1. Expresses a volume/amount/limit - As much as… (…ほど), About … (…くらい), With the limit of… (…かぎり)
2. Expresses the limit of an extent. Only… (…ばかり) Just… (…のみ)
3. Used idiomatically for various meanings.
This first definition is what I didn’t understand. だけ at its core is an amount. An amount of what, you may ask, and I’d say it’s an amount of change or a relative amount. Something changes and だけ expresses the difference between those two states. Or you’re expressing the amount that something is different from some other relative amount.
Let’s take a look at a few more editorials from the Mainichi. Here’s one about the J-Alert System:
When the ballistic missile passed over Japan on October 4 as well, the system’s announcement was delayed, and many complained that evacuations would not have taken place in time. It is critical that the government look into how much the time until announcement can be shortened.
Here the government needs to looking into how much they can streamline the missile warning system. It currently takes a long time to make the announcement and that needs to be shortened for it to be effective.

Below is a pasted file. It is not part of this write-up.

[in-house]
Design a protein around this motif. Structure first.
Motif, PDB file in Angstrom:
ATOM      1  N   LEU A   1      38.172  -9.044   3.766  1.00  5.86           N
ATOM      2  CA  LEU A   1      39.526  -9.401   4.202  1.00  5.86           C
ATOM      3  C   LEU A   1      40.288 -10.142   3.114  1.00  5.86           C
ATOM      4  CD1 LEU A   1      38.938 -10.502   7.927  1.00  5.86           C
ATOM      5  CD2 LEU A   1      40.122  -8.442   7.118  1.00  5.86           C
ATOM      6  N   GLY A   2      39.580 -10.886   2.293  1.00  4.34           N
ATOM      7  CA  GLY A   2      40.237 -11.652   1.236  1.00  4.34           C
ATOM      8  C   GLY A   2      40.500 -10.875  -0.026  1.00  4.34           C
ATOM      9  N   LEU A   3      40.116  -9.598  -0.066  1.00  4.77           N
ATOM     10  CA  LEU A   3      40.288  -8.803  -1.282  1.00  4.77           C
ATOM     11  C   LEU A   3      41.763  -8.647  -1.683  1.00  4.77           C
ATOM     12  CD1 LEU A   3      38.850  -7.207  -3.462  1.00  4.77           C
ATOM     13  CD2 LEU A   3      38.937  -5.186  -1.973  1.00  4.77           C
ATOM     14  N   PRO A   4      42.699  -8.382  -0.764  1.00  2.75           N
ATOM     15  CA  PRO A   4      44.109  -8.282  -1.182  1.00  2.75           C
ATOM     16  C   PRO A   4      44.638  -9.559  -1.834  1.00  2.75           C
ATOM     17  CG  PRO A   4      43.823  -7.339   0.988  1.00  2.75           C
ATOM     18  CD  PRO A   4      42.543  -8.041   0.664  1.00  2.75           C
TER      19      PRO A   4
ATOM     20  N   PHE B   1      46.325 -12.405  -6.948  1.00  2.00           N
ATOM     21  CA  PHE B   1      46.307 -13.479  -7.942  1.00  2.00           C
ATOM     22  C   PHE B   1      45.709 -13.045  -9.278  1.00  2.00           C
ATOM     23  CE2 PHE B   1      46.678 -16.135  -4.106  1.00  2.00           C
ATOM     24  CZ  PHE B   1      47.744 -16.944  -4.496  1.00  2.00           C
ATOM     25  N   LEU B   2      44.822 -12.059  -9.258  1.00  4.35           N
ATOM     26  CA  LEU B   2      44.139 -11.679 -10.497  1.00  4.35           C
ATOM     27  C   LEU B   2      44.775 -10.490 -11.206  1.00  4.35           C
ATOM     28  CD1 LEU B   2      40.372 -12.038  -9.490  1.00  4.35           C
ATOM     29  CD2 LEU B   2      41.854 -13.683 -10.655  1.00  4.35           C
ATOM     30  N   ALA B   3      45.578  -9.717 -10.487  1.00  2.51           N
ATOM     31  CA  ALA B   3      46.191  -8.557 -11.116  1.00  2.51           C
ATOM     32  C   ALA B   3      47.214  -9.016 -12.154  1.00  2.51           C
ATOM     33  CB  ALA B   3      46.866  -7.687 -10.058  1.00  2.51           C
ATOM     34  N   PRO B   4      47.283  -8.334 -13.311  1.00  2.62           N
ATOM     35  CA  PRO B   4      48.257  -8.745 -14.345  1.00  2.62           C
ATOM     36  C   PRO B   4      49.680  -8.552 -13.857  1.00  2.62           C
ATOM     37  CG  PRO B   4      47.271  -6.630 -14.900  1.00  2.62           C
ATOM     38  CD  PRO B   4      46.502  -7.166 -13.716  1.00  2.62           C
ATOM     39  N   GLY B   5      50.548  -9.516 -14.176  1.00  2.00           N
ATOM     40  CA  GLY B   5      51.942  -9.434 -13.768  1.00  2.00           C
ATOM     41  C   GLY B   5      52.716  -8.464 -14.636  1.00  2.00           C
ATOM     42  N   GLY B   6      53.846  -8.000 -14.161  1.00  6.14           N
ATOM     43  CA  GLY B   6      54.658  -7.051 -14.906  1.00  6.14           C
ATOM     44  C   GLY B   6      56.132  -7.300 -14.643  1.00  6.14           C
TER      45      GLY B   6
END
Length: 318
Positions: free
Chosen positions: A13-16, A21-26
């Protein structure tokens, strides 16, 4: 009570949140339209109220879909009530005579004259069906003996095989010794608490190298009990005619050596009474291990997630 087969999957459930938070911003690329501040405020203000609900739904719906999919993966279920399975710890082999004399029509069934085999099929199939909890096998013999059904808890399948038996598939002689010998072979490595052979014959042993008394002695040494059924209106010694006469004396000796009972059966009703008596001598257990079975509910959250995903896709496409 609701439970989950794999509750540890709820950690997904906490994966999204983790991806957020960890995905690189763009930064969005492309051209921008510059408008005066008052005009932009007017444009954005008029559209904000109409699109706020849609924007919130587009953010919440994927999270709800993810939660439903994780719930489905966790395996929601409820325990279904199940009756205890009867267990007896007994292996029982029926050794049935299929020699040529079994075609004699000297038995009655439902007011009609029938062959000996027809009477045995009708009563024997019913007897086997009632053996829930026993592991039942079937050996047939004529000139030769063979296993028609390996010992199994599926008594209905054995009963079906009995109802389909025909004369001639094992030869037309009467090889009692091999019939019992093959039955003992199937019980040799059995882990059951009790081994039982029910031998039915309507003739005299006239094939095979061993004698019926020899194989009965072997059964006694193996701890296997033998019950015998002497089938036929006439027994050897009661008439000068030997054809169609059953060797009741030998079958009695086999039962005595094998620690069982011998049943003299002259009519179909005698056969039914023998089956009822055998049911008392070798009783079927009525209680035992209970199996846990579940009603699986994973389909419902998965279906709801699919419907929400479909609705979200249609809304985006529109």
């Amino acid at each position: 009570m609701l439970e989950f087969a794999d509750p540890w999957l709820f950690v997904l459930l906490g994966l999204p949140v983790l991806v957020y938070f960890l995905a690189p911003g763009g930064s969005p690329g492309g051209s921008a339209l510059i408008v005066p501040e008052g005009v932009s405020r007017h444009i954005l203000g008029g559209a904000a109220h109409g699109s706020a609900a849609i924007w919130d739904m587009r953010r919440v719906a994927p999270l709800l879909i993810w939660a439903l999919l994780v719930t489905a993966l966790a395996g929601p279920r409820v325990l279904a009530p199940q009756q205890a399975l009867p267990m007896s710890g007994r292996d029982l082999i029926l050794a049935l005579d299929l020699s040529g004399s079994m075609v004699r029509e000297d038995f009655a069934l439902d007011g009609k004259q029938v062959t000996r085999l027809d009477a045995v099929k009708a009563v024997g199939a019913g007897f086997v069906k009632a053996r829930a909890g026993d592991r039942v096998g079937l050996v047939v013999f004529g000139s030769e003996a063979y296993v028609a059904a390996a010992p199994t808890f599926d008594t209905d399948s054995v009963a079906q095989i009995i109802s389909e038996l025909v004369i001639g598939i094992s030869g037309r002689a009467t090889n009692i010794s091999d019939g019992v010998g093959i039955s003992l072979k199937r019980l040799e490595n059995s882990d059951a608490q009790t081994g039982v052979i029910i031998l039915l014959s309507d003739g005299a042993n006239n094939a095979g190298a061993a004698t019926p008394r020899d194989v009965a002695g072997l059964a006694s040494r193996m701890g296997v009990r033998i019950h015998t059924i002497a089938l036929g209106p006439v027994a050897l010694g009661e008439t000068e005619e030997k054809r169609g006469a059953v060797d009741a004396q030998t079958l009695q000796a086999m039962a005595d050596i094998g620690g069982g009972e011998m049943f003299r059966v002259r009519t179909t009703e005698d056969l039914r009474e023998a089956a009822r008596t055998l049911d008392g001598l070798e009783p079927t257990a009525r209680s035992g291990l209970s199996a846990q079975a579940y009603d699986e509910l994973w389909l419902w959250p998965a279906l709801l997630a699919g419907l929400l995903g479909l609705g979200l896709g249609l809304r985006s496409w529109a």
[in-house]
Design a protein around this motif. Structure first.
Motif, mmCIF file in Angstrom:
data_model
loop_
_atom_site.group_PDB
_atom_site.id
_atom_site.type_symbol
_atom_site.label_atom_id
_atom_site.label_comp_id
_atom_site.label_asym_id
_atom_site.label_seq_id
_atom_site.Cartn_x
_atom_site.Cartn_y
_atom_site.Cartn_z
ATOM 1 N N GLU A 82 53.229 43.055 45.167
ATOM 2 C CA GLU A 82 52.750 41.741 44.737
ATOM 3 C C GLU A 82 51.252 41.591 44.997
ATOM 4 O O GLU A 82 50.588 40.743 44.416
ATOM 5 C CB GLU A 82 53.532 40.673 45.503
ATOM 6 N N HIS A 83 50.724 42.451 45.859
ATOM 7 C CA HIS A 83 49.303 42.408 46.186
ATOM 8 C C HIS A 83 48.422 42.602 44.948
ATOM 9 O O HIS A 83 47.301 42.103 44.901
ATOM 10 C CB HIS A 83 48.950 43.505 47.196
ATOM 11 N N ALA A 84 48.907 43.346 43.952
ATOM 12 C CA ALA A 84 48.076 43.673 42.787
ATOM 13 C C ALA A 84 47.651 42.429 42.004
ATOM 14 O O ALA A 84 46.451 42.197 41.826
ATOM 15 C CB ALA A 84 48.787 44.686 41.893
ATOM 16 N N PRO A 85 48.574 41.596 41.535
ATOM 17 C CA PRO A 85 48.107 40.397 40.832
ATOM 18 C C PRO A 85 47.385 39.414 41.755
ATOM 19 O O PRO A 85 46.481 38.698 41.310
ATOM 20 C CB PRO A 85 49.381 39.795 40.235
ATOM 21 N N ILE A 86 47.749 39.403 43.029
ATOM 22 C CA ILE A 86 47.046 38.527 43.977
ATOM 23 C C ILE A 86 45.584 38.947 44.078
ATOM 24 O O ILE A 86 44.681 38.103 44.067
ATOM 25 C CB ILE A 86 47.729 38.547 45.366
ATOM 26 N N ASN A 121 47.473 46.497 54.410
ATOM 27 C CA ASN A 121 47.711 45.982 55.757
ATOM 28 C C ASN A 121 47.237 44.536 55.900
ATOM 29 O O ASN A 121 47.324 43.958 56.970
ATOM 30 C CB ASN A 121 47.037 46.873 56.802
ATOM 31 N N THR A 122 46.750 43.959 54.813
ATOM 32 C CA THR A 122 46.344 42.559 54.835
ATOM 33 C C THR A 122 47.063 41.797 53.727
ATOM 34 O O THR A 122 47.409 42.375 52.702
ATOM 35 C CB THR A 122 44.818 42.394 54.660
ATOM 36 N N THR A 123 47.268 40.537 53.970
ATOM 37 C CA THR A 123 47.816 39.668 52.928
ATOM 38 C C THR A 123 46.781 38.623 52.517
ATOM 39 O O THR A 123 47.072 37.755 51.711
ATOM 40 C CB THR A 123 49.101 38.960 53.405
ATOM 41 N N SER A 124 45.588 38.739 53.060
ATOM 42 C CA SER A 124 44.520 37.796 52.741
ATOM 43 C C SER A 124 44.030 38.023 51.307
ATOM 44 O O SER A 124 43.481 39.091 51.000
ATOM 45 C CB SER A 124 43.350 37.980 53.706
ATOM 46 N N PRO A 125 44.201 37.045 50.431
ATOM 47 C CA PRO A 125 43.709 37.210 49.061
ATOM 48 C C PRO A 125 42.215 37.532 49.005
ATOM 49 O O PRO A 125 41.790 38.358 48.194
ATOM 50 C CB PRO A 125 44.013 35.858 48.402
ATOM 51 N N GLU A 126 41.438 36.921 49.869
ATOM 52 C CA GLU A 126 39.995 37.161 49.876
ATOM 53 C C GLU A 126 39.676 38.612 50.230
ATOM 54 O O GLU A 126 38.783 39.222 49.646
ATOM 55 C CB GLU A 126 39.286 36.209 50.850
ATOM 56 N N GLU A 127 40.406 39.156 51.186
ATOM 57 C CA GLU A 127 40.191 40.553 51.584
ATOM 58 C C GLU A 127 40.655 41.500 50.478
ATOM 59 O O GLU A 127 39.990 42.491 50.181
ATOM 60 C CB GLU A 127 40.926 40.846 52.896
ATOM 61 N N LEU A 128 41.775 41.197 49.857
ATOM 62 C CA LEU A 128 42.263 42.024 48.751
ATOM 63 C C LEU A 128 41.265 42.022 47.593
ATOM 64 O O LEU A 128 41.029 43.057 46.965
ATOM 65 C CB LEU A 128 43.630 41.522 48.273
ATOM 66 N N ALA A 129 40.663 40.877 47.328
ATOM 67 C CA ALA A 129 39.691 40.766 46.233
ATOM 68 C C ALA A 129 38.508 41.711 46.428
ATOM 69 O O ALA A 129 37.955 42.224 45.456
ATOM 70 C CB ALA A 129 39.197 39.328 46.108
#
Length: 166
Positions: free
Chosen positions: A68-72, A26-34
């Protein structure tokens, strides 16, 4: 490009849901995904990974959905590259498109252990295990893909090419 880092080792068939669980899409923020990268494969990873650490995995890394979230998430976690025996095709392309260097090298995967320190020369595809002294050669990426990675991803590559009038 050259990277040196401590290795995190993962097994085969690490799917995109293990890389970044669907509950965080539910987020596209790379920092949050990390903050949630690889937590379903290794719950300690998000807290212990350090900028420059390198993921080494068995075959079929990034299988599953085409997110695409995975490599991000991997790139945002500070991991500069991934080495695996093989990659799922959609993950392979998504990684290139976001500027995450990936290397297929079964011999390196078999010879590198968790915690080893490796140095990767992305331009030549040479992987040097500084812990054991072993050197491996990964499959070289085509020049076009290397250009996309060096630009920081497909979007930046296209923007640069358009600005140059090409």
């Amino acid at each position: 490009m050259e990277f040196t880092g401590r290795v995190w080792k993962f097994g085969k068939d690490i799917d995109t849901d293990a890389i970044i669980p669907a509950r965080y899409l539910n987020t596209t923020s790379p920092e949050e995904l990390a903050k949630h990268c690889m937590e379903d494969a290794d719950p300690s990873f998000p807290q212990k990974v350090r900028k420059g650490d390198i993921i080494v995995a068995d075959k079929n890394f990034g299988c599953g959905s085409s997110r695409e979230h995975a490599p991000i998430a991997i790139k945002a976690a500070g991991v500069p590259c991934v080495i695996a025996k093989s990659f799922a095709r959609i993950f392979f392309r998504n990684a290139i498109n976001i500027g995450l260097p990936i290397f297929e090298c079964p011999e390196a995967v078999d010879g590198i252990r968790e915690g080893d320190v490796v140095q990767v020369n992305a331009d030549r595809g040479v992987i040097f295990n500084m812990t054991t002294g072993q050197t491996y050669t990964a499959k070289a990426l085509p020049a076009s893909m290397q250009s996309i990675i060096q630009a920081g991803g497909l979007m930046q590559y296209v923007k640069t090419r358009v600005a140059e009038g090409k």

And here’s another about Prime Minister Abe’s sakura viewing party controversy:
The host of the event is the prime minister. Can he evade taking responsibility despite suspicions growing (so much)?
In this case, the change has already happened/is happening. The suspicions have grown or “deepened,” to borrow the Japanese language. The degree of that change, obviously only measurable in the most abstract, subjective sense, is represented by これだけ.
I wasn’t able to find a それだけ in the Mainichi that wasn’t an “only” example, so please accept this sentence from an Amazon review instead: